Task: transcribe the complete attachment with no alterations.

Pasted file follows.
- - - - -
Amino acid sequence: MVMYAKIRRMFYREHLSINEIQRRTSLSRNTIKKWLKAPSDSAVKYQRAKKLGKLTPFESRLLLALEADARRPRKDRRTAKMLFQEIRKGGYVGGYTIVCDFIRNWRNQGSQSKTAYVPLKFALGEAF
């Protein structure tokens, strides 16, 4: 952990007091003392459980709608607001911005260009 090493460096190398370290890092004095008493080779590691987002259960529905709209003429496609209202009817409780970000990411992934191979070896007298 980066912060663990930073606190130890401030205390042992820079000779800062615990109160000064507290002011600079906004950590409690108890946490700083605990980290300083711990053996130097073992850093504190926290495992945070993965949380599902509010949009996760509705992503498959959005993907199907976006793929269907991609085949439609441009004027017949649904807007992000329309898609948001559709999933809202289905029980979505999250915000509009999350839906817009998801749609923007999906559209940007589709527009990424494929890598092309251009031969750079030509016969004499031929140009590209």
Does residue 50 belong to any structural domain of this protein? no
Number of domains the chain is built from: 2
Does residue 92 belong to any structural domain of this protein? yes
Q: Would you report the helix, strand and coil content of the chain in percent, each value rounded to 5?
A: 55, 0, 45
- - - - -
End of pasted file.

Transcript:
Amino acid sequence: MVMYAKIRRMFYREHLSINEIQRRTSLSRNTIKKWLKAPSDSAVKYQRAKKLGKLTPFESRLLLALEADARRPRKDRRTAKMLFQEIRKGGYVGGYTIVCDFIRNWRNQGSQSKTAYVPLKFALGEAF
């Protein structure tokens, strides 16, 4: 952990007091003392459980709608607001911005260009 090493460096190398370290890092004095008493080779590691987002259960529905709209003429496609209202009817409780970000990411992934191979070896007298 980066912060663990930073606190130890401030205390042992820079000779800062615990109160000064507290002011600079906004950590409690108890946490700083605990980290300083711990053996130097073992850093504190926290495992945070993965949380599902509010949009996760509705992503498959959005993907199907976006793929269907991609085949439609441009004027017949649904807007992000329309898609948001559709999933809202289905029980979505999250915000509009999350839906817009998801749609923007999906559209940007589709527009990424494929890598092309251009031969750079030509016969004499031929140009590209």
Does residue 50 belong to any structural domain of this protein? no
Number of domains the chain is built from: 2
Does residue 92 belong to any structural domain of this protein? yes
Q: Would you report the helix, strand and coil content of the chain in percent, each value rounded to 5?
A: 55, 0, 45